We all have beliefs and opinions based on our experiences, as you’ve mentioned even through the MET program these are created. Seeing your beliefs which were once just and individual opinion based on what you’ve seen/heard, now presented through stats further justifies and conceptualizes in a concrete way what once was just an opinion.

      Nothing is perfect, but we can try bridging the gap. That is why conducting surveys and the whole concept of Learning Analytics brings us closer to bridging that gap to perfection. In the sense that the information that comes out of surveys helps to take a program/stakeholders/teachers etc. in a direction that will help them solve some of the gaps that may be apparent after getting back the results to their survey.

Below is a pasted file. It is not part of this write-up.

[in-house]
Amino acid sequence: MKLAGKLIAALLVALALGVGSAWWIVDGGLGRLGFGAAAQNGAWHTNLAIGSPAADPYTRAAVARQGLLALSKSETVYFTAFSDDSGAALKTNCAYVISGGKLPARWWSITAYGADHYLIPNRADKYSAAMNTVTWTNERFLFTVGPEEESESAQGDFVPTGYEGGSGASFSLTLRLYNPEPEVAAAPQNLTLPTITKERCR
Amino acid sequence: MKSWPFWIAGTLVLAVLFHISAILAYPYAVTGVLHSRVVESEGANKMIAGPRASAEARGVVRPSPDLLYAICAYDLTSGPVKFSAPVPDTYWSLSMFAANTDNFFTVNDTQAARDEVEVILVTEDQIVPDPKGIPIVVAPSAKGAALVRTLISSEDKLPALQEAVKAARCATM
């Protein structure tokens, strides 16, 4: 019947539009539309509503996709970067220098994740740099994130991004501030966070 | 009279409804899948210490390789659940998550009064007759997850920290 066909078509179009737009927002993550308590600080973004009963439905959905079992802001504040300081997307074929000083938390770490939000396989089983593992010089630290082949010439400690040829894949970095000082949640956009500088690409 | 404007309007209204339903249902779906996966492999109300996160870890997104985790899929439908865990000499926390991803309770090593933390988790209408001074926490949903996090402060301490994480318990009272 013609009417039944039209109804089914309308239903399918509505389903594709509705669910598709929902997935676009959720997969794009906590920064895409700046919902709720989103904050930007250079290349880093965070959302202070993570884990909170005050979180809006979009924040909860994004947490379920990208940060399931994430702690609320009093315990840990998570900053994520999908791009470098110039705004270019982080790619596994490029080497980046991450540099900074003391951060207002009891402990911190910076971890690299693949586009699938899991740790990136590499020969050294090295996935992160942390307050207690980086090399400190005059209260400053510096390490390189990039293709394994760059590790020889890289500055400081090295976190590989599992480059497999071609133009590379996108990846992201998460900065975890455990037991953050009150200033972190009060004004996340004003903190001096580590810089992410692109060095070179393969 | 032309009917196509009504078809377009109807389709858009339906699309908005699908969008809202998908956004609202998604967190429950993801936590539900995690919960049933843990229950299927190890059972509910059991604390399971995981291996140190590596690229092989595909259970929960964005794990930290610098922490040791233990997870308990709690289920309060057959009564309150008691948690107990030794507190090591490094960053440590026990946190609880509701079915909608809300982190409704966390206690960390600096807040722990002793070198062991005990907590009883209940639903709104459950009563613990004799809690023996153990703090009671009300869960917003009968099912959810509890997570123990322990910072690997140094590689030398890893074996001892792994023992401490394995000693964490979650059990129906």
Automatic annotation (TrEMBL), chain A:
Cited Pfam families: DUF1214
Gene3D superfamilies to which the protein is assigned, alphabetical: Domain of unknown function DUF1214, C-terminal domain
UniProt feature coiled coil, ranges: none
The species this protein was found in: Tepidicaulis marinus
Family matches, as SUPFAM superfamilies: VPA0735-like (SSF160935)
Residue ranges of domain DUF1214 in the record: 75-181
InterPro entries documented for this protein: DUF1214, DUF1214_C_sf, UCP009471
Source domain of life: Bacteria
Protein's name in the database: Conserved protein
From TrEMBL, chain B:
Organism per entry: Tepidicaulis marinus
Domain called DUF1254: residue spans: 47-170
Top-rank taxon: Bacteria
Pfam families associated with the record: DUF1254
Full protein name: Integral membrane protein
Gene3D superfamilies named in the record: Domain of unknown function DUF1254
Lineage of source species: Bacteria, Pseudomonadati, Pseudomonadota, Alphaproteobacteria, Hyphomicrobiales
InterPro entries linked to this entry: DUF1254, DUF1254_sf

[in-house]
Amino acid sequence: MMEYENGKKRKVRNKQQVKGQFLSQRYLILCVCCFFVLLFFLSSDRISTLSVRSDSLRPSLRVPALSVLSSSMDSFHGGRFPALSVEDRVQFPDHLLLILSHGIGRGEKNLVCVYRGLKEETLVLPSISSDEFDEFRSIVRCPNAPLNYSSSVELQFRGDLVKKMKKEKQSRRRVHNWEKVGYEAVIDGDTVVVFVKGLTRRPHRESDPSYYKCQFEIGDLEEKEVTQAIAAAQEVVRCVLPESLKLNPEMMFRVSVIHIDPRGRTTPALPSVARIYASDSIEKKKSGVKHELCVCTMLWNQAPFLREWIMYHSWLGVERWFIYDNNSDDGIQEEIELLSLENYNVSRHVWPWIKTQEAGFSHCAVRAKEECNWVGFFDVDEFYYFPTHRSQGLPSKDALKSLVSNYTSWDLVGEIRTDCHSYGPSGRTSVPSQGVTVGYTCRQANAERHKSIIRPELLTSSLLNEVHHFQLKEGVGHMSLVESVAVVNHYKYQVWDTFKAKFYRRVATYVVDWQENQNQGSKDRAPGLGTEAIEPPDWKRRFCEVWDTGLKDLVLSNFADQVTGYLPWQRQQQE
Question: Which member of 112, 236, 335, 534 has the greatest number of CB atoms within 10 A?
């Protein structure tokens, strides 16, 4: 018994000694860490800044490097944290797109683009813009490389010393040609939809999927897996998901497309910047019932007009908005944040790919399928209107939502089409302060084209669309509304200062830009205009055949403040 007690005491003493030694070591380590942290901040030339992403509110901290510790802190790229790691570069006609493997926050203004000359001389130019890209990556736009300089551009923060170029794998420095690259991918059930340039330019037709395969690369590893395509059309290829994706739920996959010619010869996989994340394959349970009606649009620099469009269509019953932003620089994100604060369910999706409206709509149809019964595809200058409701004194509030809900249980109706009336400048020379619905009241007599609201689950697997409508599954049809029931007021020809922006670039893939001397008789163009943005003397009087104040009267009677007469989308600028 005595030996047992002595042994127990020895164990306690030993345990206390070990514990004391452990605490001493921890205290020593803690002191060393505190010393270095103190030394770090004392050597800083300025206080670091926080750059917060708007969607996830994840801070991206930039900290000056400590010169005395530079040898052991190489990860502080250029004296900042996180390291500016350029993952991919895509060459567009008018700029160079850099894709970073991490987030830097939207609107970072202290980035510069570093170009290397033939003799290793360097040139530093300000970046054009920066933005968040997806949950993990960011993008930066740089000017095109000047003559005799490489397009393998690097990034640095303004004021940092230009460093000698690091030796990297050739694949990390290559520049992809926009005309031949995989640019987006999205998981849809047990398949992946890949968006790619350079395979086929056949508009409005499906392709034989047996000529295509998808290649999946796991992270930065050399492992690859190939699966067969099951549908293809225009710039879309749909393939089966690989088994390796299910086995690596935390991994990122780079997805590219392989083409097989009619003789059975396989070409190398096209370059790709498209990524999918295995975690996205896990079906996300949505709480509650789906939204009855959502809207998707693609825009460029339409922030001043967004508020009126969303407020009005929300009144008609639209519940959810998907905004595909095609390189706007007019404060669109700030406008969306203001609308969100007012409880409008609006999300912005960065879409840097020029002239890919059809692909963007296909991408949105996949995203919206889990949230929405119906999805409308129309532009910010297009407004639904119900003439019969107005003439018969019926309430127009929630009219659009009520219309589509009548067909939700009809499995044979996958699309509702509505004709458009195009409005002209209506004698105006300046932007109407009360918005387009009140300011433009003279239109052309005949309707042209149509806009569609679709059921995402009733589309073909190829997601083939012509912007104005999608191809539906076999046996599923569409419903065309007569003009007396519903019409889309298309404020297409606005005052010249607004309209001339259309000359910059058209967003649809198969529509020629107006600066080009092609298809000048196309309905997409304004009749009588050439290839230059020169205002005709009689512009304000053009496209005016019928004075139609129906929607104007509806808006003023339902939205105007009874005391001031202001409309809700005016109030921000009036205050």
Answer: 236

This survey clearly shows that there is something that many students feel is missing from the program -video/audio conferences, lectures, guest speakers, etc. I wonder if more of this will pop up in courses in the future…

      It is interesting that only 15.4% believe they learn best in a completely online environment seeing as our program in completely online. However, 41.7% of students have never taken online courses before entering MET. We may be able to speculate that those who do not feel they learn best in a completely online environment are lacking the face time – video/audio communication which according to the survey appears to be missing from many of the courses offered in MET.